Service stories get read, shared, used and acted upon
How-to information is the No. 2 type of content that gets retweeted, according to research by Dan Zarrella, viral marketing scientist for HubSpot.
Here’s how often six kinds of information get shared on Twitter:
- News: 78%
- How-to information: 58%
- Entertainment: 53%
- Opinion: 50%
- Products: 45%
- Small talk: 12%
When it comes to brand communications, though, I’ll bet how-to information is actually the most shared. That’s because when people think “news,” they’re thinking hurricanes, public health scares and terrorist attacks, — not your latest product update.
Want more retweets? Write blog posts packed with tips and techniques, then share them via Twitter.
Benefits of service stories
In addition to going viral in social media channels, service stories also get:
1. Read. One of the best ways to improve readership, according to The Readership Institute’s Impact study, is to make it easier for people to read and to find the information they’re looking for. Adding more “go and do” information — i.e., tips — makes messages easier to find and read, the researchers found.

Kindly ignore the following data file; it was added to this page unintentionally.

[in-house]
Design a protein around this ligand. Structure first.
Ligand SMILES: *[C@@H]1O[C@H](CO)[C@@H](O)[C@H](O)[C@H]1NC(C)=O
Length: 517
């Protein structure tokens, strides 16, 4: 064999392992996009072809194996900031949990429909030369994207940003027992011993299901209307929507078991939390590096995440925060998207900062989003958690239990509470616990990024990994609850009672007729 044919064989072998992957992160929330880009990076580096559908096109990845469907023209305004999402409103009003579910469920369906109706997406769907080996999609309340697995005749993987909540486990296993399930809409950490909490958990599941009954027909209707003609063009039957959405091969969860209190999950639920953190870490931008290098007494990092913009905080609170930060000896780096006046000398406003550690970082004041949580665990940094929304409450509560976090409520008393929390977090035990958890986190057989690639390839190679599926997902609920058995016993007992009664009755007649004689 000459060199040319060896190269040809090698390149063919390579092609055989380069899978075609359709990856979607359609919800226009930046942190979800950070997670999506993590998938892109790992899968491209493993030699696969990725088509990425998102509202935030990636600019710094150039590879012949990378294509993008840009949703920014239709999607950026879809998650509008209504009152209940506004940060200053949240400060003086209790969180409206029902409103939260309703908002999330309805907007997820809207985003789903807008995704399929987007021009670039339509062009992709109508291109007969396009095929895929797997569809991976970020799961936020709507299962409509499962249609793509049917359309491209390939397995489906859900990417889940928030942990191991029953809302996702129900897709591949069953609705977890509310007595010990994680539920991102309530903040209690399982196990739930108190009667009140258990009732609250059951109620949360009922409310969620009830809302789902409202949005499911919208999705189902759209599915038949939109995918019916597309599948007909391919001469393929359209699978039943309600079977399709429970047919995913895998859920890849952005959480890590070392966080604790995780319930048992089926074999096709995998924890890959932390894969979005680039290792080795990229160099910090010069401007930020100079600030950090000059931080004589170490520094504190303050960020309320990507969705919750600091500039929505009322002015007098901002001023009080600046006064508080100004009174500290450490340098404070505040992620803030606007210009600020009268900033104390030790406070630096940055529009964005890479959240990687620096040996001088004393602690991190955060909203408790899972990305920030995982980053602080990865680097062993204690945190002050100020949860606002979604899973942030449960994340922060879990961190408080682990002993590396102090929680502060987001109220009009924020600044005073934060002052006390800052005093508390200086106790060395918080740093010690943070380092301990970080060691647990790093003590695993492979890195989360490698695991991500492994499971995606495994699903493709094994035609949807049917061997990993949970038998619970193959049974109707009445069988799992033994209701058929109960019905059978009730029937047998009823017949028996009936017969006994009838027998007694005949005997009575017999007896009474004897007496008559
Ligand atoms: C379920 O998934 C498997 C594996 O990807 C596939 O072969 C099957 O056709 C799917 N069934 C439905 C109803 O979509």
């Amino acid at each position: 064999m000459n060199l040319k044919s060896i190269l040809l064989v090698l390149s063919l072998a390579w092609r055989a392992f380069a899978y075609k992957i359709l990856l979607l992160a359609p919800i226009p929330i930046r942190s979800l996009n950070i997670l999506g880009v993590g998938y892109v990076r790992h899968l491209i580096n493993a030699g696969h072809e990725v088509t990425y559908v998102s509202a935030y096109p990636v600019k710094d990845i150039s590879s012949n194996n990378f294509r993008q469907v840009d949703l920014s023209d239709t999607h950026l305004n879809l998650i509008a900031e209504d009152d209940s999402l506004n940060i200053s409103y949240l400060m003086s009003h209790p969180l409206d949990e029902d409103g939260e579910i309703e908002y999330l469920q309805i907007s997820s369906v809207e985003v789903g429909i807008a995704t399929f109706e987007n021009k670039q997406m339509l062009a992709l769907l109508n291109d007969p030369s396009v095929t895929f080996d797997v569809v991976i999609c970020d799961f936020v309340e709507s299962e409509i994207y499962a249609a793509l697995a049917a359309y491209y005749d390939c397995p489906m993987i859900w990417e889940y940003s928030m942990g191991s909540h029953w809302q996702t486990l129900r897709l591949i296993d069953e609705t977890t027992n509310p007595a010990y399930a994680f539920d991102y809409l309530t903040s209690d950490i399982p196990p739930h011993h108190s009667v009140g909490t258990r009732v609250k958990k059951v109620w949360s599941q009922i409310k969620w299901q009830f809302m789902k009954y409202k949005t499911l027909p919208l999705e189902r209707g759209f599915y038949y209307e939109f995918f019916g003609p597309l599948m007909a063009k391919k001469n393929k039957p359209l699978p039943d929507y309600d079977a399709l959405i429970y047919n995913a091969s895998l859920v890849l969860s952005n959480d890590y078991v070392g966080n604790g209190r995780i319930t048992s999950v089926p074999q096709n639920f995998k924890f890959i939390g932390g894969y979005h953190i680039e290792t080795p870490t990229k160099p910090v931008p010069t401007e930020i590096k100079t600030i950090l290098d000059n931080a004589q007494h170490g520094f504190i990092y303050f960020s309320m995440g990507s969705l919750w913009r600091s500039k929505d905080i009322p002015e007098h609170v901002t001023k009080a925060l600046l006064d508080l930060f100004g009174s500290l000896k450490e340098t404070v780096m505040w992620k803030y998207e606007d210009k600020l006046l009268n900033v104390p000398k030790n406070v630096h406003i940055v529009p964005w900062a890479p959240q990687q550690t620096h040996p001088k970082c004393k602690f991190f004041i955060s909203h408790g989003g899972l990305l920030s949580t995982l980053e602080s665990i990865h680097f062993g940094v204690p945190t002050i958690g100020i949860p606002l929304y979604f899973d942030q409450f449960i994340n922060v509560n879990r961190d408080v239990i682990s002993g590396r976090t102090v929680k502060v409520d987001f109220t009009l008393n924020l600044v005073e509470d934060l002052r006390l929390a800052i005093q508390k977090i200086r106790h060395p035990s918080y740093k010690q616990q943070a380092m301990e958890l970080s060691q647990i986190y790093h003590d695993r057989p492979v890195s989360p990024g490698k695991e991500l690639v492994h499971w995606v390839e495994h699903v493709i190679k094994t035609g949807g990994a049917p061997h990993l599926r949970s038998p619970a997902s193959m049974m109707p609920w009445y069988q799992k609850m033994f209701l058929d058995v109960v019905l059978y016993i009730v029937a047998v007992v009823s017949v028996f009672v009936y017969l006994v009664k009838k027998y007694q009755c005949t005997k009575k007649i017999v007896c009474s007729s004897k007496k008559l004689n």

The format of tip sheets also helps: Lists are very easy to read, according to several studies. No wonder Listverse is such a popular way to lose an afternoon.
2. Used. Tip sheets are loved by:
- Journalists and bloggers, because they’re ready-made how-to stories, sidebars and USA Today-style tips boxes. Your fire-safety tips release, for example, might accompany a news piece about a big apartment fire.
- Social media channels, which seem to survive on listicles.
- Customers and clients, who will read the tip sheet you write today for years to come. That makes tip sheets the ultimate evergreen with an almost limitless shelf life.
3. Acted upon. Service story elements like addresses and maps move readers to act. In one experiment, for instance, 28% more college seniors got a tetanus shot when researchers added a map of campus with the health building circled and a list of times the shots were available.
Why not write a tip sheet today?